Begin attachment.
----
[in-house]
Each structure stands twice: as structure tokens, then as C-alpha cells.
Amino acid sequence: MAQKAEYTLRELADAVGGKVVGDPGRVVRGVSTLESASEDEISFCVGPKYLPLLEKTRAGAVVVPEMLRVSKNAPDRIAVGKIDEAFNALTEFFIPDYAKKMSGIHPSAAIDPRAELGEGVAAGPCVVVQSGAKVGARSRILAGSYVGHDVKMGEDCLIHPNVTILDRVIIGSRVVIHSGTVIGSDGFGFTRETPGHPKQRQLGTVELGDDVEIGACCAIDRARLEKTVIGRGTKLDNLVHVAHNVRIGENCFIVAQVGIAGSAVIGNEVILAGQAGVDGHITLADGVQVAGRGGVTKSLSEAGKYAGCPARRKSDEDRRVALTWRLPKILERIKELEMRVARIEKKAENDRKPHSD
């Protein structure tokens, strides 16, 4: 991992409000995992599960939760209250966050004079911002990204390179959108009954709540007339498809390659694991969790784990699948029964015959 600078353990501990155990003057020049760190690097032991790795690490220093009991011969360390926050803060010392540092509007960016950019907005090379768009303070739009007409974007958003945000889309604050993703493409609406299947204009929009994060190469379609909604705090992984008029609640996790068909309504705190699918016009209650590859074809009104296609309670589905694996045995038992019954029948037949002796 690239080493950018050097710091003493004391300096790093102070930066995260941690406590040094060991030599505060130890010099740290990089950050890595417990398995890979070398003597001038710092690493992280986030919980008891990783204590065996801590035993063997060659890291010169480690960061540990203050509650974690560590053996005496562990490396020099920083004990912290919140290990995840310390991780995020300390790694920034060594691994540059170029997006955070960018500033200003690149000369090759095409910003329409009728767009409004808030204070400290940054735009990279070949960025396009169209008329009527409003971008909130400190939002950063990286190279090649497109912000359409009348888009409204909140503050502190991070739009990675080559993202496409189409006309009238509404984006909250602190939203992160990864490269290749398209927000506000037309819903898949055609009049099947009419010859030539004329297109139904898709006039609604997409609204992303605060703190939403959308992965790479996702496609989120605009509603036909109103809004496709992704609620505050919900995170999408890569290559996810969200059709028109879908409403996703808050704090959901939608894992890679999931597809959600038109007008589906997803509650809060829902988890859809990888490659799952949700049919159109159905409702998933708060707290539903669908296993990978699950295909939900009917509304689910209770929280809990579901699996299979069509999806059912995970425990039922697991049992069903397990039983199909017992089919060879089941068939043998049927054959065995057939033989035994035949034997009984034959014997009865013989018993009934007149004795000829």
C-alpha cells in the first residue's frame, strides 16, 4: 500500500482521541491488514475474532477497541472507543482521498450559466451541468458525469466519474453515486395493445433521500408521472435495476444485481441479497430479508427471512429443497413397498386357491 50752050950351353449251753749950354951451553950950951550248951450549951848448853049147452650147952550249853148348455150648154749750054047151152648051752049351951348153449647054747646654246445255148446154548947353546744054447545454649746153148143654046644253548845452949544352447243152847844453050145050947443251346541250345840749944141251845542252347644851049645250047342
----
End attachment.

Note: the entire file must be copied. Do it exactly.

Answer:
[in-house]
Each structure stands twice: as structure tokens, then as C-alpha cells.
Amino acid sequence: MAQKAEYTLRELADAVGGKVVGDPGRVVRGVSTLESASEDEISFCVGPKYLPLLEKTRAGAVVVPEMLRVSKNAPDRIAVGKIDEAFNALTEFFIPDYAKKMSGIHPSAAIDPRAELGEGVAAGPCVVVQSGAKVGARSRILAGSYVGHDVKMGEDCLIHPNVTILDRVIIGSRVVIHSGTVIGSDGFGFTRETPGHPKQRQLGTVELGDDVEIGACCAIDRARLEKTVIGRGTKLDNLVHVAHNVRIGENCFIVAQVGIAGSAVIGNEVILAGQAGVDGHITLADGVQVAGRGGVTKSLSEAGKYAGCPARRKSDEDRRVALTWRLPKILERIKELEMRVARIEKKAENDRKPHSD
């Protein structure tokens, strides 16, 4: 991992409000995992599960939760209250966050004079911002990204390179959108009954709540007339498809390659694991969790784990699948029964015959 600078353990501990155990003057020049760190690097032991790795690490220093009991011969360390926050803060010392540092509007960016950019907005090379768009303070739009007409974007958003945000889309604050993703493409609406299947204009929009994060190469379609909604705090992984008029609640996790068909309504705190699918016009209650590859074809009104296609309670589905694996045995038992019954029948037949002796 690239080493950018050097710091003493004391300096790093102070930066995260941690406590040094060991030599505060130890010099740290990089950050890595417990398995890979070398003597001038710092690493992280986030919980008891990783204590065996801590035993063997060659890291010169480690960061540990203050509650974690560590053996005496562990490396020099920083004990912290919140290990995840310390991780995020300390790694920034060594691994540059170029997006955070960018500033200003690149000369090759095409910003329409009728767009409004808030204070400290940054735009990279070949960025396009169209008329009527409003971008909130400190939002950063990286190279090649497109912000359409009348888009409204909140503050502190991070739009990675080559993202496409189409006309009238509404984006909250602190939203992160990864490269290749398209927000506000037309819903898949055609009049099947009419010859030539004329297109139904898709006039609604997409609204992303605060703190939403959308992965790479996702496609989120605009509603036909109103809004496709992704609620505050919900995170999408890569290559996810969200059709028109879908409403996703808050704090959901939608894992890679999931597809959600038109007008589906997803509650809060829902988890859809990888490659799952949700049919159109159905409702998933708060707290539903669908296993990978699950295909939900009917509304689910209770929280809990579901699996299979069509999806059912995970425990039922697991049992069903397990039983199909017992089919060879089941068939043998049927054959065995057939033989035994035949034997009984034959014997009865013989018993009934007149004795000829």
C-alpha cells in the first residue's frame, strides 16, 4: 500500500482521541491488514475474532477497541472507543482521498450559466451541468458525469466519474453515486395493445433521500408521472435495476444485481441479497430479508427471512429443497413397498386357491 50752050950351353449251753749950354951451553950950951550248951450549951848448853049147452650147952550249853148348455150648154749750054047151152648051752049351951348153449647054747646654246445255148446154548947353546744054447545454649746153148143654046644253548845452949544352447243152847844453050145050947443251346541250345840749944141251845542252347644851049645250047342